MadSci Network: Chemistry

Re: An electron in a orbital

Date: Sun Oct 7 10:02:06 2012
Posted By: Matthew Buynoski, Process Integration Engineer (retired)
Area of science: Chemistry
ID: 1345554651.Ch

Hello Hiran,

The forces on an electron are the Coulombic repulsion from other electrons and attraction to the nucleus of the atom. In addition, the weak force is involved to some extent (see below).

Classical, i.e. non-quantum, physics does indeed predict that an electron moving around the nucleus "ought to" radiate energy and end up in the nucleus. However, we observe that this does not happen, with the rare exception of reverse beta decay in certain radioactive atoms (this is the case where the weak force is also involved). So, yes, in almost all cases an atom is "eternal" unless some external influence impinges on it (an energetic enough photon can knock an electron out of the atom, for instance, resulting in a free electron and an ion).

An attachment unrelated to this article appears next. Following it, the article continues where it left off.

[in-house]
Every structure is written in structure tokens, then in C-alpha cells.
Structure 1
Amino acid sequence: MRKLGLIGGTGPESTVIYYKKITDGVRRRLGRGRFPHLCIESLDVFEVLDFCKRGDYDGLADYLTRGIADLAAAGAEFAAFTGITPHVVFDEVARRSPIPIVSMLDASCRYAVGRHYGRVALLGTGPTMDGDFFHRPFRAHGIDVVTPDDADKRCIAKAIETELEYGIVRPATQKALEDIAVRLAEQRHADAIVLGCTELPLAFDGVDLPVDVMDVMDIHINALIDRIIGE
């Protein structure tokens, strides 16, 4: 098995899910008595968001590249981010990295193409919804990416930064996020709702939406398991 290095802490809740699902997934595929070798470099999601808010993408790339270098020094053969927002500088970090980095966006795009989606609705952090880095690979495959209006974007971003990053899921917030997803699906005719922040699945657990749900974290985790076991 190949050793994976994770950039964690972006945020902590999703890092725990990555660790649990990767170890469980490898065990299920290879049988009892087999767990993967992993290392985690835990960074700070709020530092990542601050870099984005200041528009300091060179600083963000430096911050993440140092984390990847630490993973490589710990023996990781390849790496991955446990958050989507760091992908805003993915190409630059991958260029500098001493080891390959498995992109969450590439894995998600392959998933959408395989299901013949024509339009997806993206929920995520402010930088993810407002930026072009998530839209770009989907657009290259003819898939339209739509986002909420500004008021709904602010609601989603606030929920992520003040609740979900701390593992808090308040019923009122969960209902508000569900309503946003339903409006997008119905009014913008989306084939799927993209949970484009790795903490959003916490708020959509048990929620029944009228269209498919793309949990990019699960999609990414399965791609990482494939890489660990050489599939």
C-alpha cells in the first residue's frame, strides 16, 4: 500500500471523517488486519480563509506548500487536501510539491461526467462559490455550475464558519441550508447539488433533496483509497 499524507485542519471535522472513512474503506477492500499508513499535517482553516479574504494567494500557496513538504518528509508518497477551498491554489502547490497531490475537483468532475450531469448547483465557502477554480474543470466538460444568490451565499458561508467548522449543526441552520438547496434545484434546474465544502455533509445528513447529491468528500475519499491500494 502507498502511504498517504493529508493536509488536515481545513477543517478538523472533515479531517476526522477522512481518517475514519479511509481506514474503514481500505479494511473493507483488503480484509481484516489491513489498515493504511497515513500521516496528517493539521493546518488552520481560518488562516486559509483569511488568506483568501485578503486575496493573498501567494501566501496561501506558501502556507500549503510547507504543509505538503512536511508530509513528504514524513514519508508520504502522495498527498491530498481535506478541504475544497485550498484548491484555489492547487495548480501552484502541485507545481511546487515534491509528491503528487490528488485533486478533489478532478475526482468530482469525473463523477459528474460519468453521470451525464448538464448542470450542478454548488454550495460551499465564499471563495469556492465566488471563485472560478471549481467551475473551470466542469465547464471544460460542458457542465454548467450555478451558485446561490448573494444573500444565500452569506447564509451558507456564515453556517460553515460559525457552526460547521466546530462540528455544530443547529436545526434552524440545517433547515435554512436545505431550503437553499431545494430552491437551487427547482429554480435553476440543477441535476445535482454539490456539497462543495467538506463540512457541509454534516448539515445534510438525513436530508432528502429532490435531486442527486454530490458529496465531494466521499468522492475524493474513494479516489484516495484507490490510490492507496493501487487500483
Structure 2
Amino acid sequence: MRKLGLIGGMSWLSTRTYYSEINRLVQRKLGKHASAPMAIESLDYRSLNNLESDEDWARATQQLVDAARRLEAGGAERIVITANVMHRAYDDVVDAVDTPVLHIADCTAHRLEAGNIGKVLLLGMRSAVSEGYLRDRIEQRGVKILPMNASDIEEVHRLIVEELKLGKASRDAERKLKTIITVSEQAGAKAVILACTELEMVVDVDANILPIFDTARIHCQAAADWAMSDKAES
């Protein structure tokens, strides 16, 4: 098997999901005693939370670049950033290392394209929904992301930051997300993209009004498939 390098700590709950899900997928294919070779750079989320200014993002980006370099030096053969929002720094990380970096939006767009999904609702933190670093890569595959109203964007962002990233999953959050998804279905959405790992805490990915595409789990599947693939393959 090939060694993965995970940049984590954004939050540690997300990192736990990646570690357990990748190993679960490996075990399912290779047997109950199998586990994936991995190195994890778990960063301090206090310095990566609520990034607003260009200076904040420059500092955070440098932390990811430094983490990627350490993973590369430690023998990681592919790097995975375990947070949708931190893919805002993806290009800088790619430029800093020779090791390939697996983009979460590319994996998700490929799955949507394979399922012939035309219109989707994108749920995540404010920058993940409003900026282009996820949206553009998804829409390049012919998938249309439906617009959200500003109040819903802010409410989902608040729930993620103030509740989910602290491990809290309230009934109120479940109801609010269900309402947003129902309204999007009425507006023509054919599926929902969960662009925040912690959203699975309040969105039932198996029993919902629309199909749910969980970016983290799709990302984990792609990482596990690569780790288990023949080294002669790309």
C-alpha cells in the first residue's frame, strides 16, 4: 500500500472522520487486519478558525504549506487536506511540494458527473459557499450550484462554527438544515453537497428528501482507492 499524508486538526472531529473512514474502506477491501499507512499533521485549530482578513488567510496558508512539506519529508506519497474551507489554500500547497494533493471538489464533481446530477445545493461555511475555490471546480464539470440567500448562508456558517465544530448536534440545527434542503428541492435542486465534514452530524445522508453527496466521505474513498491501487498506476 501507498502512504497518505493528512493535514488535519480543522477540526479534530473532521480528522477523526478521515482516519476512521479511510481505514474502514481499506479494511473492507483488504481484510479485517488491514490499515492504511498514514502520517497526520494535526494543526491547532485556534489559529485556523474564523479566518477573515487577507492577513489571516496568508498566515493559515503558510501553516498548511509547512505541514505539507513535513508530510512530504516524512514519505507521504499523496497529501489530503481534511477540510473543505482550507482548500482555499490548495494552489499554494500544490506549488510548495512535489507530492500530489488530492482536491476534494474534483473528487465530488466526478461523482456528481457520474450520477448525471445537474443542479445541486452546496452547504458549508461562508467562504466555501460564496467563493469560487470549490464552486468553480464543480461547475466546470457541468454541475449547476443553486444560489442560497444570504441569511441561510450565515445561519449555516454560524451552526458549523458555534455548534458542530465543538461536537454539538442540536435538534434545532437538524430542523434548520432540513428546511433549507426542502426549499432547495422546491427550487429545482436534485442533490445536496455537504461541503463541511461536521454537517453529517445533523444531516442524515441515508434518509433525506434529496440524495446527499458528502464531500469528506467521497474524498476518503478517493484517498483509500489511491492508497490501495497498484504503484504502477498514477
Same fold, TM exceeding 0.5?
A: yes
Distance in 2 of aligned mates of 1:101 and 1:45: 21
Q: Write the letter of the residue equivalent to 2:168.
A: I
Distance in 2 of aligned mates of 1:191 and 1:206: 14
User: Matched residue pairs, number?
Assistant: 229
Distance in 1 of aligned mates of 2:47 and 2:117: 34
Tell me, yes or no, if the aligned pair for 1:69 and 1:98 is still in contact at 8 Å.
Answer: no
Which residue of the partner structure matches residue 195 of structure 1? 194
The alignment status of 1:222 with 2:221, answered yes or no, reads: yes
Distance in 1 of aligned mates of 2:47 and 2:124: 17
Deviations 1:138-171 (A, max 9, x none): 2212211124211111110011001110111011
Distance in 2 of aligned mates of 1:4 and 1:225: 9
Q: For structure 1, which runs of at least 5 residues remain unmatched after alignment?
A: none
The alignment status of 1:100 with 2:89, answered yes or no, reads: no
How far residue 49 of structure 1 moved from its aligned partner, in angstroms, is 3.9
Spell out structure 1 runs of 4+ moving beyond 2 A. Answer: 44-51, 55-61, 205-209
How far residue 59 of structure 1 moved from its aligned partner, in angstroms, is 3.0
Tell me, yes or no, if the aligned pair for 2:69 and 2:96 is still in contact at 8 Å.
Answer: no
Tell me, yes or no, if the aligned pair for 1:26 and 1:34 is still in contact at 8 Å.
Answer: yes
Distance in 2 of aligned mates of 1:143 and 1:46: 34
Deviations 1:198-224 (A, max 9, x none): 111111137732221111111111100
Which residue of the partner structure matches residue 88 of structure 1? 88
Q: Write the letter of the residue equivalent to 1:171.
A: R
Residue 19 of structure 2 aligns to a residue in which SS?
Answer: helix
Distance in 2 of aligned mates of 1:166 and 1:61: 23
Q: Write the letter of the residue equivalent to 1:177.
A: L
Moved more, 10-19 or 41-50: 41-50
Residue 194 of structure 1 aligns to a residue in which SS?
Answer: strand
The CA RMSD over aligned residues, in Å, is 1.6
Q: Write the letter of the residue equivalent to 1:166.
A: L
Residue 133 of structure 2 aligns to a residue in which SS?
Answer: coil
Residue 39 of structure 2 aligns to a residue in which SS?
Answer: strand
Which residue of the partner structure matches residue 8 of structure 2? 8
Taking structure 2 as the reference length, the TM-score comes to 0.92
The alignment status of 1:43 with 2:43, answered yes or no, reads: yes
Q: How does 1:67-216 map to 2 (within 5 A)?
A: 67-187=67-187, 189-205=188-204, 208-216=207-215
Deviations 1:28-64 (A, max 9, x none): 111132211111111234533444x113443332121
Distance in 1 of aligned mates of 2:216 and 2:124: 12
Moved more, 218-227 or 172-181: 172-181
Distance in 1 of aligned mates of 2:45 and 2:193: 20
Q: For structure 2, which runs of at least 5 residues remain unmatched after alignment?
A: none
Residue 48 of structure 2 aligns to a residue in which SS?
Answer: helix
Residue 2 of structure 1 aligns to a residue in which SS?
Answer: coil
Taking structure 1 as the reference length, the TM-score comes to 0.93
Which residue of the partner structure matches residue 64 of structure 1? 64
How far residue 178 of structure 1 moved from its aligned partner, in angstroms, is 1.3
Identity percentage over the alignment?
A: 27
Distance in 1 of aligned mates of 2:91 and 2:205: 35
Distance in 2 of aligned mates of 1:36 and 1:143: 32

Instead, we observe that each electron settles into essentially a standing wave pattern around the nucleus. We call these "orbitals" but you must get out of your head any idea that a small, solid electron is whizzing around the nucleus in an elliptical orbit. Instead, the electron is "smeared out" over space, and the orbital is the spatial map of the probability of where it might be found at any given moment. This appears to be the way the Universe orders itself; we know the "how" that happens, but the deeper question of "why" it must be that way is, so far as I know, unanswered.

Atomic orbitals are a part of the study of quantum mechanics, a subject that will be somewhat difficult to approach at your grade level as it requires the use of differential equations. However, with some help from your science instructors at school, you should be able to work through enough of an introductory quantum mechanics textbook, such as "Quantum Physics" by Gasiorowicz, to get an idea of the basic concepts.

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